Despite being one of the president’s top priorities, the Ministry of Higher Education suffered huge cuts, along with most other departments.

In the 2011 fiscal year the ministry’s budget was more than SDG138 million (US$46.9 million). During the austerity period ministry officials said it has been cut by 54%.

Finance Minister Kosti Manibe Ngai issued a directive instructing the higher education ministry to “consider deferring opening of universities not yet operating and reducing staffing to reflect the current number of students enrolled”.

Aggrey Ayuen Majok, vice-chancellor of Dr John Garang Memorial University in Bor, said the cuts went too far.

Planning for the University of Western Equatoria in Yambio, Torit University of Science and Technology in Eastern Equatoria state and the University of Northern Bahr el Ghazal in Aweil has come to a temporary halt, along with the ministry’s plans to bring higher education opportunities closer to more communities.

Meanwhile, last year more than 11,000 students applied for the 6,000 available university spots. They cannot turn to private universities, because the government has closed most of them, declaring that they do not meet national standards.

So students are forced to go abroad for higher education, if they can afford it, or simply go without.

Ayuen said he was forced to reduce enrolment numbers, because he has not received any money in a year from the national government. Instead of the 120 students they had last year, John Garang currently has only 80.

Administrators at the university, which opened in 2010, no longer have the money to pay lecturers and cannot even afford to keep the lights on in student housing.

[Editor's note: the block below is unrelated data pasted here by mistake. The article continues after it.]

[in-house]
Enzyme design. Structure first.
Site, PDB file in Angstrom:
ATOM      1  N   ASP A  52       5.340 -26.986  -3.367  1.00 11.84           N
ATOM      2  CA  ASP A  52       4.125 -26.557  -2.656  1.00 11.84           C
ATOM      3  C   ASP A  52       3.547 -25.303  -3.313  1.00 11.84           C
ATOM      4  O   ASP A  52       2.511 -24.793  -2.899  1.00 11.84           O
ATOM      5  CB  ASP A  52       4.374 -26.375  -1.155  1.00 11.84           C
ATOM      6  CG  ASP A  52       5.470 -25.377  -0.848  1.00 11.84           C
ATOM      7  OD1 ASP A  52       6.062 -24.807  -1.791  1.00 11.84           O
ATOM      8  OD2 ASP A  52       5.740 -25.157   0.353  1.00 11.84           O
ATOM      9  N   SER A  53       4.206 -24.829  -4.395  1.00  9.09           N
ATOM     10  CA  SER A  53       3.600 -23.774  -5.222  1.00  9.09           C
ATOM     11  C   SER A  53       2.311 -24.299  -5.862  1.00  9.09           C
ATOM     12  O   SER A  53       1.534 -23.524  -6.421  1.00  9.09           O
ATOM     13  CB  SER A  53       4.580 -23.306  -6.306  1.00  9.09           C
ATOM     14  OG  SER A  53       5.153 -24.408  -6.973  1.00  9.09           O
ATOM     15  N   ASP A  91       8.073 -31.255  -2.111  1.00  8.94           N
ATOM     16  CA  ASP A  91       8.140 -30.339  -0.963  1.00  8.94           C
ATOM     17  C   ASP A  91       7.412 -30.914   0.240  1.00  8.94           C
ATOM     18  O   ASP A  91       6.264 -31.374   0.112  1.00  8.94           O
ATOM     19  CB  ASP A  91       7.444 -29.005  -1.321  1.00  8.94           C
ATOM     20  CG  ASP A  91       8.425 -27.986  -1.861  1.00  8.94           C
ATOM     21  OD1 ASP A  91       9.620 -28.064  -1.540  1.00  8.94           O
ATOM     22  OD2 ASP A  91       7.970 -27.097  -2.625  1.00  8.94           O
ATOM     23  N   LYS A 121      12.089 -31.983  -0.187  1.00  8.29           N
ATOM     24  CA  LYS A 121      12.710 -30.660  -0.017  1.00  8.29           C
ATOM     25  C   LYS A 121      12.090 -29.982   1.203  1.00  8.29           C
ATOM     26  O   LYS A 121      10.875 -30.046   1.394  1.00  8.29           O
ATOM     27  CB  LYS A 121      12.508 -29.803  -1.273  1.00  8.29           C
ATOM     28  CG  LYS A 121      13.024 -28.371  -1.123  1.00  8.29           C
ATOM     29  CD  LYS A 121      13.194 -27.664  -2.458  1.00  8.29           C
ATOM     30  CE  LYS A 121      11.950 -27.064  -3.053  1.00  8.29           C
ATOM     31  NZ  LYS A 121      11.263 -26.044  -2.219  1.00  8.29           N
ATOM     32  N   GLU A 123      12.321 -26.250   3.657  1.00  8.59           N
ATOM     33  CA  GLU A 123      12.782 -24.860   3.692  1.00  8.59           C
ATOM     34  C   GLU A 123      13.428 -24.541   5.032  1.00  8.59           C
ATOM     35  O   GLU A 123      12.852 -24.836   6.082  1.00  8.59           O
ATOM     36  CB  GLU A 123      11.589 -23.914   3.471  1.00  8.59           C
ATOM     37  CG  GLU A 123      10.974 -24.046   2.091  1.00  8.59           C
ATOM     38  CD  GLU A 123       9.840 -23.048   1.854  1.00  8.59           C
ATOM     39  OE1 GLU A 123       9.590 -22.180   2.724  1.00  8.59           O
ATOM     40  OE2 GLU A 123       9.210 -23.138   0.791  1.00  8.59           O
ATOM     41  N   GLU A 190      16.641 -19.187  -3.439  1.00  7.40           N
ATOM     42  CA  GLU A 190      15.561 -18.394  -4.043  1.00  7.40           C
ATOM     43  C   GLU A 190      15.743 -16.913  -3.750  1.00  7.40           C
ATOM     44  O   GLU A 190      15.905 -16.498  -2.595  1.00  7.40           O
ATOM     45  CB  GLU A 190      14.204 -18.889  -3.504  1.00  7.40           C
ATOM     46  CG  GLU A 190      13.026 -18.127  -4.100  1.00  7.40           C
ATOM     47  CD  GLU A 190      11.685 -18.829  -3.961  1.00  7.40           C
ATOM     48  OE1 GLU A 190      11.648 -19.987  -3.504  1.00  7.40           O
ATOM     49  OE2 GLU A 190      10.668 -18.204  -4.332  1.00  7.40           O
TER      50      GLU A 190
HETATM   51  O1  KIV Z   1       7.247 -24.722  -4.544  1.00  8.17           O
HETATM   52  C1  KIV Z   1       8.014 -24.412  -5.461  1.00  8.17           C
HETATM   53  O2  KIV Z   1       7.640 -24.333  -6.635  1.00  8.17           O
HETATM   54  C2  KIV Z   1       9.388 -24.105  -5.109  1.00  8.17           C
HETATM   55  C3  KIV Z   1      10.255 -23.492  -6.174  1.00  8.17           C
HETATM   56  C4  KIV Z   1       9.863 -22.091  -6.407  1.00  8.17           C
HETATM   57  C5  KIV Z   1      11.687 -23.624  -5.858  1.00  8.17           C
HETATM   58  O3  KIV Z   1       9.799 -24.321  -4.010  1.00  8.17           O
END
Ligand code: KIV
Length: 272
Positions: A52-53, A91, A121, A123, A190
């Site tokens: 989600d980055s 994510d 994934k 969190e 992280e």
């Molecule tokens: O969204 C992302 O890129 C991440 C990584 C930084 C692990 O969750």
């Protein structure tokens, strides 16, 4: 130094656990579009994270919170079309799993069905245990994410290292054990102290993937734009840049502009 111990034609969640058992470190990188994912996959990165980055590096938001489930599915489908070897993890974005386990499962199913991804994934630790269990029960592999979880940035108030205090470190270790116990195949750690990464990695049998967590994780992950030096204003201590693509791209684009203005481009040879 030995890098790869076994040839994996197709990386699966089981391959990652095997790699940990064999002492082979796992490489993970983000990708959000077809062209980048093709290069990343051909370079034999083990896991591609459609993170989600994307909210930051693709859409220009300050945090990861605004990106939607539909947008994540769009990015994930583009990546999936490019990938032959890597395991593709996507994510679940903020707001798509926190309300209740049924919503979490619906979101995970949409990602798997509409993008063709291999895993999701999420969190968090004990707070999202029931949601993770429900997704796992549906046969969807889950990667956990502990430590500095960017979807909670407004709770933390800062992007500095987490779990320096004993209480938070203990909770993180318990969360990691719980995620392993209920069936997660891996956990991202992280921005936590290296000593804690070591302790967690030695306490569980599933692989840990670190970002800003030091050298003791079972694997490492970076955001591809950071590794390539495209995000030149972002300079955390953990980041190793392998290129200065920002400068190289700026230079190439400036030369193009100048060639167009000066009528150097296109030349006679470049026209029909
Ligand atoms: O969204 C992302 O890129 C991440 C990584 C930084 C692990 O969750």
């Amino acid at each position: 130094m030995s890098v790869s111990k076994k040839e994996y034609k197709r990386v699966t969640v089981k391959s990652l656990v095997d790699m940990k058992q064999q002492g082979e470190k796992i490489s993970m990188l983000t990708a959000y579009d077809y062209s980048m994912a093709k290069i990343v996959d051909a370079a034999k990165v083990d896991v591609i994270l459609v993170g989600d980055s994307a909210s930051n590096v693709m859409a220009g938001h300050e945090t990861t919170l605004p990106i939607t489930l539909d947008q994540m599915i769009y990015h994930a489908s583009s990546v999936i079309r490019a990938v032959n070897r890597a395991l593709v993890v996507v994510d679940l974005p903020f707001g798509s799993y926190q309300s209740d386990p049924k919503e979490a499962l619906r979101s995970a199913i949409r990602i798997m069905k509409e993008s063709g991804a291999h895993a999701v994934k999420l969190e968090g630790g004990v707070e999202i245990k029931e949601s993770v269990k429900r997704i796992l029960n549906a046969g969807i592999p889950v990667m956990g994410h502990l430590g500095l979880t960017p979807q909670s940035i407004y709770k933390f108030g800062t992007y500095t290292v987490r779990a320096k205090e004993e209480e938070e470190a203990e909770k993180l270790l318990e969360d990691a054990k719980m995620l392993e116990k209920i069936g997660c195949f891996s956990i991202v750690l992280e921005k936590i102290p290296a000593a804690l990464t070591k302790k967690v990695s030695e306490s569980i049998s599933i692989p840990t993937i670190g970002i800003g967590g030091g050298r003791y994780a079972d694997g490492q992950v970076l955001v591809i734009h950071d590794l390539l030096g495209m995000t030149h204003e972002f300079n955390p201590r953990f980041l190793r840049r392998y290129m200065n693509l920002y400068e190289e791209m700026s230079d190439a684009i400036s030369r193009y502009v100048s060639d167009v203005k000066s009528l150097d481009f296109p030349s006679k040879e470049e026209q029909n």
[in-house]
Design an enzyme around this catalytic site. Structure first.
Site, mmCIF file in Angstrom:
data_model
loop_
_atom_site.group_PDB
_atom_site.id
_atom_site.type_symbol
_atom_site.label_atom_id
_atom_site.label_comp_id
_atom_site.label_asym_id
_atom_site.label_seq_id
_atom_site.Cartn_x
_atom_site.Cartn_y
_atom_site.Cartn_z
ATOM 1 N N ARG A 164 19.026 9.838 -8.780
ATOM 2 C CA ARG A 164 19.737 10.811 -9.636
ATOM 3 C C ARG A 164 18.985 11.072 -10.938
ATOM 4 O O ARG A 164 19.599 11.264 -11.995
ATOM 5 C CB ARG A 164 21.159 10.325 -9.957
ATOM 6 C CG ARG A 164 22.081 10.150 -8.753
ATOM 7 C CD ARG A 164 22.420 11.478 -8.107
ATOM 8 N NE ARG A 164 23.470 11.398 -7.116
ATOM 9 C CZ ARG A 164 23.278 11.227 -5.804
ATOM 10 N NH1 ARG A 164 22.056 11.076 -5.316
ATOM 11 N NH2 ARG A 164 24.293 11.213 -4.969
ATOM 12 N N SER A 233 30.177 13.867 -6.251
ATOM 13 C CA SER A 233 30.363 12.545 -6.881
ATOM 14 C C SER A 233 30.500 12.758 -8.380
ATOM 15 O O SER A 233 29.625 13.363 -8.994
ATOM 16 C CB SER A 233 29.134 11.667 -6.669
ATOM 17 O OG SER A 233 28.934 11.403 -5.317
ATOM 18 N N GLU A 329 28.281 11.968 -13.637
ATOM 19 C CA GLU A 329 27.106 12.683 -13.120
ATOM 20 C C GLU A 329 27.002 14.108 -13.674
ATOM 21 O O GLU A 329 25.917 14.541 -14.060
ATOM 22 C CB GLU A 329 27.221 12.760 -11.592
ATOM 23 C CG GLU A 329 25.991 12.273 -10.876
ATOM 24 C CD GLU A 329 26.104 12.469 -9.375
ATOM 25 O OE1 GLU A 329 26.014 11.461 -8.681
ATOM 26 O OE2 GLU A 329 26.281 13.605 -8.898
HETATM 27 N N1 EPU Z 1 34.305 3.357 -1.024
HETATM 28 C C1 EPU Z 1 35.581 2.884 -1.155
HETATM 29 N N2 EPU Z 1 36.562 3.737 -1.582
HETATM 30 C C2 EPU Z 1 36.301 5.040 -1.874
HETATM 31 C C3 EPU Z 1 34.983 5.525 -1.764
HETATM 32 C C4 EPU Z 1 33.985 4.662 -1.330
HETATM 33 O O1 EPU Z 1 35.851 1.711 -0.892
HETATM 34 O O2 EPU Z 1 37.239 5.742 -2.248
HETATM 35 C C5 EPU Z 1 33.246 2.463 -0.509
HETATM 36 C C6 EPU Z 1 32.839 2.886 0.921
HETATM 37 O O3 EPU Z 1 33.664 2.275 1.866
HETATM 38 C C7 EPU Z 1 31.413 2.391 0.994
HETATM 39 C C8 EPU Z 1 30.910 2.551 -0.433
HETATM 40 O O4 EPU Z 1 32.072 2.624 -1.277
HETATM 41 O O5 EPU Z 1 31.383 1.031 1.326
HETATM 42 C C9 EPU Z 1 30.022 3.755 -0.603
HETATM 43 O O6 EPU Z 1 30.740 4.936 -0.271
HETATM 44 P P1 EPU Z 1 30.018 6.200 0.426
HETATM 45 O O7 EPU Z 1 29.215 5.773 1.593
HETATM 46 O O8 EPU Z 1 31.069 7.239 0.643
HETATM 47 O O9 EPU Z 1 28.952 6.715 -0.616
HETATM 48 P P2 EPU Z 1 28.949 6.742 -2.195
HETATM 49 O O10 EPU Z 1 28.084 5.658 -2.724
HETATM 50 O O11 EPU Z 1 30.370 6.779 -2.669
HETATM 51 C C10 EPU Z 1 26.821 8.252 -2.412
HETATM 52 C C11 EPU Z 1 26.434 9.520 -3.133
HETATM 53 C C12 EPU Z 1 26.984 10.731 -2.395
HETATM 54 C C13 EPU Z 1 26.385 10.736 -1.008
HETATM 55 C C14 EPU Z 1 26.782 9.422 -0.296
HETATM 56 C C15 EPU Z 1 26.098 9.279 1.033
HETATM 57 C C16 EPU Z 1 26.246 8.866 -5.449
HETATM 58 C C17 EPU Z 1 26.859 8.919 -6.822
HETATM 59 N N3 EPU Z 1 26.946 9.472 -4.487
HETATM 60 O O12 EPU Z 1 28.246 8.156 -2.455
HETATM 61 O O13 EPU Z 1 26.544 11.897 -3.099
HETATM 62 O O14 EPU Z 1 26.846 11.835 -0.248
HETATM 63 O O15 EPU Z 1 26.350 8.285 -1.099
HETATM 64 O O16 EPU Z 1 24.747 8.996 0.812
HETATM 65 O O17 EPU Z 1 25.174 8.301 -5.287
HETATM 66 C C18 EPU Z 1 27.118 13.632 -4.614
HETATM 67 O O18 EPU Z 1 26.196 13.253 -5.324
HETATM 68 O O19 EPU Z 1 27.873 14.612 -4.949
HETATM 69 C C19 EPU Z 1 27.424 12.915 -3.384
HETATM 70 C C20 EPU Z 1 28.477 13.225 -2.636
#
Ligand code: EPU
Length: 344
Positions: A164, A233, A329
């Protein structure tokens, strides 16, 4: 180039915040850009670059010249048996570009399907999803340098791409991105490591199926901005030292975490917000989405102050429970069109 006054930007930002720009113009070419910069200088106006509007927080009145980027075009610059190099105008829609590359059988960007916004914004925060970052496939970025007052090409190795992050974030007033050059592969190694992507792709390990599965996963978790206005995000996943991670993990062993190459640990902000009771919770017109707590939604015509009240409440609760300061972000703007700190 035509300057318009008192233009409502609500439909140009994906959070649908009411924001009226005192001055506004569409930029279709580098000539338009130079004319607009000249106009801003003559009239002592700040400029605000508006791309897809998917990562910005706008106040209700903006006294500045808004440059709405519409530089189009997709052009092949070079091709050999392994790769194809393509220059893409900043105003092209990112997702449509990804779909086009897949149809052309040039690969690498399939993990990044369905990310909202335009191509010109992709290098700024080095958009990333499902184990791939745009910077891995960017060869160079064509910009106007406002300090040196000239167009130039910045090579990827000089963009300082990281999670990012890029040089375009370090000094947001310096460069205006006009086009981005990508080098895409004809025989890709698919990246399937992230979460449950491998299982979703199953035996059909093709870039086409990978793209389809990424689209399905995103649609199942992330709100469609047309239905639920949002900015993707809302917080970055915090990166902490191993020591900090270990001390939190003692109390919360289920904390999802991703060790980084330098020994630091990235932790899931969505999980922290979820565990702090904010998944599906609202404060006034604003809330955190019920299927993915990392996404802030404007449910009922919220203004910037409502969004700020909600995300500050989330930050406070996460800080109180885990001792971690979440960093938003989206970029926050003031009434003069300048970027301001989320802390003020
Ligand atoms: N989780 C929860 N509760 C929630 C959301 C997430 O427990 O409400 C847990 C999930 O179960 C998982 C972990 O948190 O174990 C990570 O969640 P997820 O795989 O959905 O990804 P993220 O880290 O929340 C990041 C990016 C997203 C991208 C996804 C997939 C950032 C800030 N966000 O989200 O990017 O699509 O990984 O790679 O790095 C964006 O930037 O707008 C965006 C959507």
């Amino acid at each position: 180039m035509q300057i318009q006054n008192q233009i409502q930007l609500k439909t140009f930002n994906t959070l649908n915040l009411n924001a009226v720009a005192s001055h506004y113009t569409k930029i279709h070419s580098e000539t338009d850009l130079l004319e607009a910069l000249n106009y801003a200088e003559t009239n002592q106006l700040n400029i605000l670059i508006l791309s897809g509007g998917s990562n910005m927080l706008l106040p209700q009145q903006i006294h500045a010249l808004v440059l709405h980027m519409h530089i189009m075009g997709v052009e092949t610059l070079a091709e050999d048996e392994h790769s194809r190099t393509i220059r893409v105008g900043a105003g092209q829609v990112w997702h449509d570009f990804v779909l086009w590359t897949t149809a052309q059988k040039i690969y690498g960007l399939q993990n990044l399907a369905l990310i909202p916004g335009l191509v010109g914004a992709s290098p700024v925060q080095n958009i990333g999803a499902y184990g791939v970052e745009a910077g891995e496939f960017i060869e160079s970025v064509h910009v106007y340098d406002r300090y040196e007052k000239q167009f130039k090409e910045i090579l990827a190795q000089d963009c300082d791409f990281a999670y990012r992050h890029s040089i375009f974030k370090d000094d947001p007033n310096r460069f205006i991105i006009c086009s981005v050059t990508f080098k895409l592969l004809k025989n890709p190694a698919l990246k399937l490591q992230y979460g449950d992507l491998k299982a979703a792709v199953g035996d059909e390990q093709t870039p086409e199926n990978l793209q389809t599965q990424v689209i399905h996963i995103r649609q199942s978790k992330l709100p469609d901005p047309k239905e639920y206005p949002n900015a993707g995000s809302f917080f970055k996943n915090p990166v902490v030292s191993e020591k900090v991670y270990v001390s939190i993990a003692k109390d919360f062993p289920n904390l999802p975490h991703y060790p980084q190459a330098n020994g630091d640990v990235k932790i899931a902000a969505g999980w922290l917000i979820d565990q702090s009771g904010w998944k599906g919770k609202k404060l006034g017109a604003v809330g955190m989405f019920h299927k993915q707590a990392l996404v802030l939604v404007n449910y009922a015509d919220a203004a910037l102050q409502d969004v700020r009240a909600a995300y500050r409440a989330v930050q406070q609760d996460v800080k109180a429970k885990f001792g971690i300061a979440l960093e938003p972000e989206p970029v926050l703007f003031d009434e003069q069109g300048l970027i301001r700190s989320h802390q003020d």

“The money is just not coming,” Ayuen said. “I don’t know how long I will continue to beg. Maybe if the begging fails, [the option] is just to walk away.”

All universities suffering

And it’s not just the new universities that are suffering. Students at the country’s flagship institution, the University of Juba, complain of constant lecturer shortages and a lack of opportunities to apply practical skills, such as medicine or electrical engineering.

Dr John Apuru Akec, vice-chancellor of the University of Northern Bahr el Ghazal, said the national government had failed to think creatively about solutions to solve the shortages, especially in staff.

“You could have actually made up for that shortage, for that gap, by depending on international staff,” he said, who could be paid by their home universities to assist South Sudan. Instead, the government had been content to let the existing universities fall apart.

Officials in the ministry said they knew there was a problem. They have started hosting a series of meetings with university administrators to discuss the crisis and brainstorm solutions.

Andrew Malek Madut Chol, the acting undersecretary, said changes would come soon, but acknowledged that the lack of money would continue to cause problems.

“Higher education is so valuable to us, so valuable to our development that we will do whatever we can,” he said.

“If we get one penny, we’ll try to see how we can ration it, so at least the wheel keeps going. It may not be going as fast as it should, but at least the wheel will still be rolling.”